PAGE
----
Published in IJCP August 2020
From the Desk of Group Editor in Chief
CDC Updated Guidance does not Imply Immunity to Reinfection
September 14, 2020 | Dr KK Aggarwal
     


People who are infected with coronavirus disease 2019 (COVID-19) do not necessarily have immunity to reinfection for 3 months, said CDC.

It is possible that people may continue to test positive for severe acute respiratory syndrome coronavirus 2 (SARS-CoV-2) for up to 3 months following diagnosis and not transmit the infection to others. But, this does not imply that infection confers immunity for that period.

The confusion had emanated from an August 3 update to CDC’s isolation guidance. The guidance stated the following:

“Who requires quarantine?

People who have been in close contact with someone who has COVID-19 – excluding people who have had COVID-19 within the past 3 months.

People who have tested positive for COVID-19 do not need to quarantine or get tested again for up to 3 months as long as they do not develop symptoms again. People who develop symptoms again within 3 months of their first bout of COVID-19 may need to be tested again, if there is no other cause identified for their symptoms.”

One may read these statements as suggesting that those who are recovering from COVID-19 would possibly be protected from reinfection for 3 months even with close exposure to infected people. Media reports took this as the agency is implying immunity.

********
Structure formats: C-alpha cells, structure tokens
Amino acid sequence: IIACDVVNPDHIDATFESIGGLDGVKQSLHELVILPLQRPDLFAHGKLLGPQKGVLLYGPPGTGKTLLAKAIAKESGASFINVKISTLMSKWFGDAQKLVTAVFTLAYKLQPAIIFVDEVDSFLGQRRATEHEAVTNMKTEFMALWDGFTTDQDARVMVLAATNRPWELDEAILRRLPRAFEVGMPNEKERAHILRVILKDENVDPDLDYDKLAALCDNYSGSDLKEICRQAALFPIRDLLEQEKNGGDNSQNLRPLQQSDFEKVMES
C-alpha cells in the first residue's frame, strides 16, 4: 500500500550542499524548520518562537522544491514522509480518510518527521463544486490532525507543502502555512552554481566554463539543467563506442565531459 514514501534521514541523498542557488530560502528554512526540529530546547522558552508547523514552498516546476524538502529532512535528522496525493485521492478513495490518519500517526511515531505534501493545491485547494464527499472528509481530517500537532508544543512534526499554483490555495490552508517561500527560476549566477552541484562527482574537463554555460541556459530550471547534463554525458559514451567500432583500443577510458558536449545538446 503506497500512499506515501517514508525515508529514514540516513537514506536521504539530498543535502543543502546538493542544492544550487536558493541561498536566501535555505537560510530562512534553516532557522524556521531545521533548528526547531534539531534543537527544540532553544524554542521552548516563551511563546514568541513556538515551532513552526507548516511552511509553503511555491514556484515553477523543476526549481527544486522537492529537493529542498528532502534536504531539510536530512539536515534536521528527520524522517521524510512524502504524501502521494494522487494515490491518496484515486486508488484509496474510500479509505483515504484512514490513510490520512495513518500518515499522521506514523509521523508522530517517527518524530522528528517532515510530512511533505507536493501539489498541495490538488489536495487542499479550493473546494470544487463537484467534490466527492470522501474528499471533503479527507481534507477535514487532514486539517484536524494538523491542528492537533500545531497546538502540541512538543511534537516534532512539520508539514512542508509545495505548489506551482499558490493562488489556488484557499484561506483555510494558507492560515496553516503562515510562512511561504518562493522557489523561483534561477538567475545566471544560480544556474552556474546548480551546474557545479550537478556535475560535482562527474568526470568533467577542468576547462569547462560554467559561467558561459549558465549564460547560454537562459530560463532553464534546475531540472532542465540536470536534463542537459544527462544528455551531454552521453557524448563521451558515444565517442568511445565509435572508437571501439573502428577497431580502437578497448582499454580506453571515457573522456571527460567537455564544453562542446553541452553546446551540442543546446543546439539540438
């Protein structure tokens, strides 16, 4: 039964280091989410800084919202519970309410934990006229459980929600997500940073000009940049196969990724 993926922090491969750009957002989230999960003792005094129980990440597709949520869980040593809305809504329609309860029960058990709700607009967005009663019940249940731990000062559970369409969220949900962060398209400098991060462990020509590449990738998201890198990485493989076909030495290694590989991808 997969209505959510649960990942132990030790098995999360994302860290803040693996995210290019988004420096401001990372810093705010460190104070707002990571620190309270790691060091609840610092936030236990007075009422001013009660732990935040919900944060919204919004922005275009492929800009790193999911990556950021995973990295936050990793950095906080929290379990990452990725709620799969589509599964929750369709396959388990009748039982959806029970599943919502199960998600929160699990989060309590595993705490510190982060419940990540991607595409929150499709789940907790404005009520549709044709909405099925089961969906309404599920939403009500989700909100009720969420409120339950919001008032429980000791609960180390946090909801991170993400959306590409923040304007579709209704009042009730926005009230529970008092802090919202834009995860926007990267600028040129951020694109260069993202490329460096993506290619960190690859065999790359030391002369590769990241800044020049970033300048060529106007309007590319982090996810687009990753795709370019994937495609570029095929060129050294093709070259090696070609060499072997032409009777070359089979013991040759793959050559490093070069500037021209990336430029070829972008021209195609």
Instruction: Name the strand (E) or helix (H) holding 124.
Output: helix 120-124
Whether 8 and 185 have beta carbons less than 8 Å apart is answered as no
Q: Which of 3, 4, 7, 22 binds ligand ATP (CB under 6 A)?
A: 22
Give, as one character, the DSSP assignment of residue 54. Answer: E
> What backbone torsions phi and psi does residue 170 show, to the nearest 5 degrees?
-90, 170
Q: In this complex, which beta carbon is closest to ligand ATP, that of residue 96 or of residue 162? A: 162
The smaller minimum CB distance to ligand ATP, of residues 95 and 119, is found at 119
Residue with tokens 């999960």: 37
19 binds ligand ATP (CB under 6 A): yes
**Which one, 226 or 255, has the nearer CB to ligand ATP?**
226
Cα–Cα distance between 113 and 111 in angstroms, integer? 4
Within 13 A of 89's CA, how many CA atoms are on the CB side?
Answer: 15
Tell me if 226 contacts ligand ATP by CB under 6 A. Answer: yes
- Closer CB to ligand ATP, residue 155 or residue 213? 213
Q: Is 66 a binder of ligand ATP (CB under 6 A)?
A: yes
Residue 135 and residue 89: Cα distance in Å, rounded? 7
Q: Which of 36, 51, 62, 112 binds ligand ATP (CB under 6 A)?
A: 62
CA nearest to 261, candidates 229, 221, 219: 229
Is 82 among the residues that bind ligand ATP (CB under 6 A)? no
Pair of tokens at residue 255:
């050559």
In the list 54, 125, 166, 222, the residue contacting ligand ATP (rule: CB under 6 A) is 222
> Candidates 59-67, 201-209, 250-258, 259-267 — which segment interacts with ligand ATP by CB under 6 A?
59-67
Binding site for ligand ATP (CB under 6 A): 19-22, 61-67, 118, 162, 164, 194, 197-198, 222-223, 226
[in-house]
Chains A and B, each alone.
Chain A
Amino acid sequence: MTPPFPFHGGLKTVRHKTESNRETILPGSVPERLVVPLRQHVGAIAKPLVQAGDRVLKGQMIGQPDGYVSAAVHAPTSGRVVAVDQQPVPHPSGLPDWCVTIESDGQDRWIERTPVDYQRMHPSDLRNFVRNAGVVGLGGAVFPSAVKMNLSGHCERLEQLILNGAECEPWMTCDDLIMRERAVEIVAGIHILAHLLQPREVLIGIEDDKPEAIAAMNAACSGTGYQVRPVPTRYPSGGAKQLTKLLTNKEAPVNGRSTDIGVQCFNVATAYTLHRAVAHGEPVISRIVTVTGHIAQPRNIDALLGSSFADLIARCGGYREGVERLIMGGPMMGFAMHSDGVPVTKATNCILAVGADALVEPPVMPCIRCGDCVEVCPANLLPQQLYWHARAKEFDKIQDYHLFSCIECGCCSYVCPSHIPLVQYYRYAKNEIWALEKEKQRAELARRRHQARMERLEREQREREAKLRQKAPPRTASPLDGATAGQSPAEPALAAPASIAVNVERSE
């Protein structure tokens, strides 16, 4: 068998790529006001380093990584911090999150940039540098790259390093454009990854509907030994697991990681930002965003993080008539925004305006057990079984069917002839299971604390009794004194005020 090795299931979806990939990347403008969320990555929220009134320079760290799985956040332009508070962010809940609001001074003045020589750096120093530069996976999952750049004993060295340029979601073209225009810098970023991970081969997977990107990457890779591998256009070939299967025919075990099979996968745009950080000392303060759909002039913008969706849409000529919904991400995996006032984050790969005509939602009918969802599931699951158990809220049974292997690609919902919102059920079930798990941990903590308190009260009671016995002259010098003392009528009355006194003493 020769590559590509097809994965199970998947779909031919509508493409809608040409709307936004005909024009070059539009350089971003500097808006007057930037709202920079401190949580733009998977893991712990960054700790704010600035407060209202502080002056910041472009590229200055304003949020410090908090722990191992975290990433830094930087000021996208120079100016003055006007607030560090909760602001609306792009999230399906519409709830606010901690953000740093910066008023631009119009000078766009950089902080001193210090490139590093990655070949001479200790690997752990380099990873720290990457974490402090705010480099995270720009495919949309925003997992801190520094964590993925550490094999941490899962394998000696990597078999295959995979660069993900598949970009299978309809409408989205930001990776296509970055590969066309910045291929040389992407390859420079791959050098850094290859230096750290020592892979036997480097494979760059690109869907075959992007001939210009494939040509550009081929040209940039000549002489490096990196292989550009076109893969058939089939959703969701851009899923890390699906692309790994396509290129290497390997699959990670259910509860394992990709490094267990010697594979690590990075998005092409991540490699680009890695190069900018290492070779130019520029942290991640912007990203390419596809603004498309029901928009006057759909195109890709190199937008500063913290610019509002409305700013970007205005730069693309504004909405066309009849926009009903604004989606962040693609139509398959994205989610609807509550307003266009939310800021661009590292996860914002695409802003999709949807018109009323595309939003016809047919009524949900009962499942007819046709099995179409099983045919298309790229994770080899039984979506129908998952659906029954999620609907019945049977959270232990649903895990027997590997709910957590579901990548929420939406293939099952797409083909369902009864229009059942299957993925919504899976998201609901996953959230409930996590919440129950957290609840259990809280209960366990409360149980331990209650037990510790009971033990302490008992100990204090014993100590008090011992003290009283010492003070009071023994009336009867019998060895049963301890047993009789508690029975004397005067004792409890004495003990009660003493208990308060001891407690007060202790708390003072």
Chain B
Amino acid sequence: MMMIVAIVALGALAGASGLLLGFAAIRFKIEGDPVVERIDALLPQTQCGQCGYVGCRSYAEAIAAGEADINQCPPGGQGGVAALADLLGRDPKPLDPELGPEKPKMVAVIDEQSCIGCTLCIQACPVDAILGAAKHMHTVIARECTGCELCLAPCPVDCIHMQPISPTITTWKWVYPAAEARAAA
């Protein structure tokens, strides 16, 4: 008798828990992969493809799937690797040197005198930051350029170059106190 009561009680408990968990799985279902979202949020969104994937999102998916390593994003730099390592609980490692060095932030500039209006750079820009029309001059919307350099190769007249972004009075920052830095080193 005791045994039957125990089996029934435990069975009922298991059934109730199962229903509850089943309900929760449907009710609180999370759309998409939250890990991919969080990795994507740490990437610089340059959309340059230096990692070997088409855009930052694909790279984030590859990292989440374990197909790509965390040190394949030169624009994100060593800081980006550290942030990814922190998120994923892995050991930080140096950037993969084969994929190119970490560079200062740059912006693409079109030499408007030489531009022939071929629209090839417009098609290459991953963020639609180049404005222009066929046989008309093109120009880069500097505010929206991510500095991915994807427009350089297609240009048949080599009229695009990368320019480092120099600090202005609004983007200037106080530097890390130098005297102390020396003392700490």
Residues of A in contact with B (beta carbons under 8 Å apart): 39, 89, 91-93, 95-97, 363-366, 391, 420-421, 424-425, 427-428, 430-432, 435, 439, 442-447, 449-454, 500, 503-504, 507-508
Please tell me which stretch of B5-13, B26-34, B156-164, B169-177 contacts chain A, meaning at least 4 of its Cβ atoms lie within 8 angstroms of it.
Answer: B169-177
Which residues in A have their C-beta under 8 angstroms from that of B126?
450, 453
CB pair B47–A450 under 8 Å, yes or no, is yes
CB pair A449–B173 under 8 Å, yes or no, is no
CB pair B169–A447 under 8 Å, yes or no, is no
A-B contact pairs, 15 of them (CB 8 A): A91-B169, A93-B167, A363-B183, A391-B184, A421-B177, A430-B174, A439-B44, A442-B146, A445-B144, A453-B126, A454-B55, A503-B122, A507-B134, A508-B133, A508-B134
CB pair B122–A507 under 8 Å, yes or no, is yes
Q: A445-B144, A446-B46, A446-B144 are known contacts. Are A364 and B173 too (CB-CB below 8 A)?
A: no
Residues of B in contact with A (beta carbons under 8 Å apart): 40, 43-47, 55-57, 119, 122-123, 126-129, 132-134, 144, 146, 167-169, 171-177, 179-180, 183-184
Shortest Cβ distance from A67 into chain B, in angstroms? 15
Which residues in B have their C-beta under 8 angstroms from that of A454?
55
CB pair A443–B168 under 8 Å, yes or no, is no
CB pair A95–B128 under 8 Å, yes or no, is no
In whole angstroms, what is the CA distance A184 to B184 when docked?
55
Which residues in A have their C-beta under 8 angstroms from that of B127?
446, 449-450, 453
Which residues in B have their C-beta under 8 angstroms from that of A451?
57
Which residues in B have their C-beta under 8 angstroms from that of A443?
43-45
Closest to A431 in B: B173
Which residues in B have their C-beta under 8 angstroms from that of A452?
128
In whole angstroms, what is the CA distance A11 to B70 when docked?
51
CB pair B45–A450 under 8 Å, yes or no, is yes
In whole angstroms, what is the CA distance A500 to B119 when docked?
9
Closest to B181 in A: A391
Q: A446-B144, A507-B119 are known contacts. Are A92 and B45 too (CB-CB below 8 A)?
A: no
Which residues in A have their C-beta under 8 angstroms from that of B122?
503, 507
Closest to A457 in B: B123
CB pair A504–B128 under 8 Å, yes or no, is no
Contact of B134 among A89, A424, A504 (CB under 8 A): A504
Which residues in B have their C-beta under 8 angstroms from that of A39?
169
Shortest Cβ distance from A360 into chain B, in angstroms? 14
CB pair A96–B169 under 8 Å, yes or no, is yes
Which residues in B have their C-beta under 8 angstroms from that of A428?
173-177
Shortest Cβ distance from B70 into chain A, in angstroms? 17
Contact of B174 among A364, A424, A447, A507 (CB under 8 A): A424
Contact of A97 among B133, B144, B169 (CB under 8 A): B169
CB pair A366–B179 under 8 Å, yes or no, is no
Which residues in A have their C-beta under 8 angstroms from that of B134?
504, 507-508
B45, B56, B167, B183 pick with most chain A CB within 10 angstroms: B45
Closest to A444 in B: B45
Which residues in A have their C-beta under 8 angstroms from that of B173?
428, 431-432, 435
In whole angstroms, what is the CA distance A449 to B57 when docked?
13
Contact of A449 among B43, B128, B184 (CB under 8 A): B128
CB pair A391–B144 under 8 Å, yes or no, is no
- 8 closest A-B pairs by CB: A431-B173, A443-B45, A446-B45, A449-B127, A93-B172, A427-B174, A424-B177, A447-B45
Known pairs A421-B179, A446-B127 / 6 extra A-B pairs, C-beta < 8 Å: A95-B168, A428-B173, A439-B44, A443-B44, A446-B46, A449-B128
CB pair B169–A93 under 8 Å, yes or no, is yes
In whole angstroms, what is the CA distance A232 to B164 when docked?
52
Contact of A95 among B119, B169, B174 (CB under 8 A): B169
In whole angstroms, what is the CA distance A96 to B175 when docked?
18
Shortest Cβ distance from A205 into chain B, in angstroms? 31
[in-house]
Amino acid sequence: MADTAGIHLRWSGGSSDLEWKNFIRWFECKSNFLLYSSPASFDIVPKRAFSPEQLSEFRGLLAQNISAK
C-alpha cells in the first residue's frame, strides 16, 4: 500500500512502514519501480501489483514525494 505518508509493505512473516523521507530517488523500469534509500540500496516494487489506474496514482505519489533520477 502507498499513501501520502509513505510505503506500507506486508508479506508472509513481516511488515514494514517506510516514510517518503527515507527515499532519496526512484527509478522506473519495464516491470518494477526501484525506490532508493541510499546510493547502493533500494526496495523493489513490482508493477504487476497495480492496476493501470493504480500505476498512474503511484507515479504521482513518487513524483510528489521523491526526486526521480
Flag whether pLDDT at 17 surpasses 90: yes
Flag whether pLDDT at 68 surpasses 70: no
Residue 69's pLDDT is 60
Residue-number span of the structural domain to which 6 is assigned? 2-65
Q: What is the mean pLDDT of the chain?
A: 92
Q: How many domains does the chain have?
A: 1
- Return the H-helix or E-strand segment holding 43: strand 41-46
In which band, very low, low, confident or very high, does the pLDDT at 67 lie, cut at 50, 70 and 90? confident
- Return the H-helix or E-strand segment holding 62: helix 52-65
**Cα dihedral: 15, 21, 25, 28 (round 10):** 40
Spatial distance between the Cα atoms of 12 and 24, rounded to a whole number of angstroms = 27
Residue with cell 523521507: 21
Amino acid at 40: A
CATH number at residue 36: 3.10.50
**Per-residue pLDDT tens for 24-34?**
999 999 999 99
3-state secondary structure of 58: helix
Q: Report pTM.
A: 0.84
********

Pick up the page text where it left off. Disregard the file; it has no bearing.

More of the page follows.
However, a new statement from the CDC has condemned the media for misinterpreting its guidance. According to CDC, the guidance was about retesting, and not immunity.

The latest data indicate that retesting in the 3 months following initial infection is not required unless the person develops the symptoms of COVID-19 and the symptoms cannot be tied to another illness.

The CDC went on to update and state categorically that it is not known if someone can be reinfected with COVID-19. According to the CDC, individuals who were previously infected with COVID-19 may continue to have low levels of virus in their body for up to 3 months; hence, the positive test results even if they recovered from the virus.

The CDC, thus concluded that the duration of infection in the majority of patients is no more than 10 days following symptom onset, and no more than 20 days in those with severe illness or in severely immunocompromised individuals.

The agency also stated that there are no confirmed reports of reinfection within 3 months of initial infection.

The guidance recommends that if patients recovering from COVID-19 come in contact with a positive case and have new symptoms, they should isolate themselves, contact their healthcare provider and possibly undergo retesting. All the people, including those recovering from the infection, should follow the recommended interventions, including social distancing, wearing a face mask in public and washing of hands.

The CDC restated that people testing positive for COVID-19 should isolate for at least 10 days following symptom onset and until 24 hours after the fever subsides without the use of antipyretic medications.

(Source: Medpage Today)